As the climate changes from step to step in a simulation, the geographical range of a species (its location on the map) may be fragmented by unsuitable climate. If a fragment persists in isolation long enough, it is declared a new species. The time of fragmentation and the location of such a fragment during this period of isolation defines the “cradle segment” of its lifetime trajectory.
When and if a virtual species goes extinct, we record the time and plot on the map the location of the decline towards extinction, which represents the “grave segment” of the species’ lifetime trajectory. The time and place that each species persists between the cradle stage and grave stage defines the “museum segment” of its lifetime trajectory.
Our simulations produced maps of cradles, museums, and for the first time, graves. The maps confirmed that the eastern slopes of the Andes and the western Amazon are cradles of speciation. Graves of extinction coincided with cradles in some regions, such as the Amazon, and were displaced from cradles in others, such as the Andes. The eastern slope of the tropical Andes proved to be not only a cradle, but also a rich museum of biodiversity.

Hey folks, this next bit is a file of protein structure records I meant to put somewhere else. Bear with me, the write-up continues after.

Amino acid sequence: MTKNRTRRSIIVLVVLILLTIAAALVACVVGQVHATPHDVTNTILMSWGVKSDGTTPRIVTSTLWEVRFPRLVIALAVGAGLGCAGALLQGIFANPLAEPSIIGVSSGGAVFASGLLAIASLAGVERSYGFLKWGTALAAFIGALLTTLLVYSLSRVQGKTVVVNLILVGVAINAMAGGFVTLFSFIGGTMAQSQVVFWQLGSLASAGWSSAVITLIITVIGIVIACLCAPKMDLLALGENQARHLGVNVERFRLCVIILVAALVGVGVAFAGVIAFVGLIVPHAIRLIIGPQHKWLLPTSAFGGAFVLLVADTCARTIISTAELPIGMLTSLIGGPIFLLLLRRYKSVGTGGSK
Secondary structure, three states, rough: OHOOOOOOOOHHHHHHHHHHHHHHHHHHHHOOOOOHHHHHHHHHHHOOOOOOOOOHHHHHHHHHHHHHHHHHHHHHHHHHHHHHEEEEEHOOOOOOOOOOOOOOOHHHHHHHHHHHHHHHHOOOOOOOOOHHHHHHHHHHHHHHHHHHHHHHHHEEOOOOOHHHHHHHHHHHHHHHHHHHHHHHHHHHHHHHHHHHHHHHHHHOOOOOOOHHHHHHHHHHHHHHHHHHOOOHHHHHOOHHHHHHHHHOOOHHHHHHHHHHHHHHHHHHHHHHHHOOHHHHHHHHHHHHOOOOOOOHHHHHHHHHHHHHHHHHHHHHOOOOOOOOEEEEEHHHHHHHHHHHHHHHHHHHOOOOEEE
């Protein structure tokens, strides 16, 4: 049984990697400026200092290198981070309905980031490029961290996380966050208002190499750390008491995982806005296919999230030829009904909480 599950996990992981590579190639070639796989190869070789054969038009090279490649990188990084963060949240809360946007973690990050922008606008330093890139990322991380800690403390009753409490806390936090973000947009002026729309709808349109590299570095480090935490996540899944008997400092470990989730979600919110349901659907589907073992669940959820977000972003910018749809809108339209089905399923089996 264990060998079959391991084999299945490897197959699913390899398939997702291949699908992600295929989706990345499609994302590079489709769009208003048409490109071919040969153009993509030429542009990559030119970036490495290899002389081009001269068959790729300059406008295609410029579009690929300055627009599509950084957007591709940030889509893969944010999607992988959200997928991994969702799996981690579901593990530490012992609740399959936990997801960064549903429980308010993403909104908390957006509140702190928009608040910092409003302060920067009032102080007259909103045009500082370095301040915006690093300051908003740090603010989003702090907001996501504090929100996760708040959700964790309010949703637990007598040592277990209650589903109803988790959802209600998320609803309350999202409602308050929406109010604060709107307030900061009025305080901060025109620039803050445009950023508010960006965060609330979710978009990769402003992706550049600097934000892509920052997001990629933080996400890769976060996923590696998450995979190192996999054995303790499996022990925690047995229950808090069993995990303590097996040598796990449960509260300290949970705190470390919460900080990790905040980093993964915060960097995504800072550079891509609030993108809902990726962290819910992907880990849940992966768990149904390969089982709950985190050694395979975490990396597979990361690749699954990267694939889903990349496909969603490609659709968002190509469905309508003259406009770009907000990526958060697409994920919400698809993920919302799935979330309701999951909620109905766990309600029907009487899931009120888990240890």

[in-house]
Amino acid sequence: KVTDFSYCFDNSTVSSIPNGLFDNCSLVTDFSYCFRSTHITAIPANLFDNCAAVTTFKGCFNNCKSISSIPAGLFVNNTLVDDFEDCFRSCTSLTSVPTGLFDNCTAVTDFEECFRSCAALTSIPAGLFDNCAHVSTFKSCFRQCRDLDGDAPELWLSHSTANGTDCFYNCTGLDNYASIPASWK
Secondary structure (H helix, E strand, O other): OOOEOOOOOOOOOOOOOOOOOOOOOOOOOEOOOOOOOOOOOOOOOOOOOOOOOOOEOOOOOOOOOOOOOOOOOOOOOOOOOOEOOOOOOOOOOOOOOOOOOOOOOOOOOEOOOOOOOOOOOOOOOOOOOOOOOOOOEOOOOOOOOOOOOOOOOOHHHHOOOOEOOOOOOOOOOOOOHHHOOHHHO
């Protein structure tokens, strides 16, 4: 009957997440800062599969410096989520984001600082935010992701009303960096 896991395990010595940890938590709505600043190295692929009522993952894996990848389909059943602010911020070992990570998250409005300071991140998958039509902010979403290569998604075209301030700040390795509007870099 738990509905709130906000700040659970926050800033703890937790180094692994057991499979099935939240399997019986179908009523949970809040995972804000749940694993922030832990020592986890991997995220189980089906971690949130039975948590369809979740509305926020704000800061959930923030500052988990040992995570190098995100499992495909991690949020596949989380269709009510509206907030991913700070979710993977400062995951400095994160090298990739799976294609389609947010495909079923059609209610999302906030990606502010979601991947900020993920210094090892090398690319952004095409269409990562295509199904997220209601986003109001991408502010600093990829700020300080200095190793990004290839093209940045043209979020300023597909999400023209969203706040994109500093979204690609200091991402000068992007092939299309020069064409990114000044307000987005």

We also kept track of when speciation and extinction peaked and declined over the course of the simulations, and found that glacial cycles drove both processes. Peaks of extinction tended to follow peaks of speciation in periods of rapid warming at the end of cold glacial periods.
Climate dynamics and topography drive the patterns
Our study leads us to believe that patterns of richness for living species, regardless of a species’ age, have their origins in the same underlying processes that we modeled in the simulation. The interaction between the turbulent climates of the past 800,000 years and the dramatic landscapes of South America drove speciation in some younger groups of plants and animals, but shuffled the location of both young and ancient species in concert, indiscriminately.
Human activities are forcing changes in the global climate at an unprecedented rate, much faster than the climate dynamics in our model. We know that species are already on the move, their ranges shifting at alarming rates on land and in the seas, with profound effects on human life and livelihoods.
Although our simulations were not designed to predict the future, they vividly reveal the dynamic power of climate change to shape life on Earth.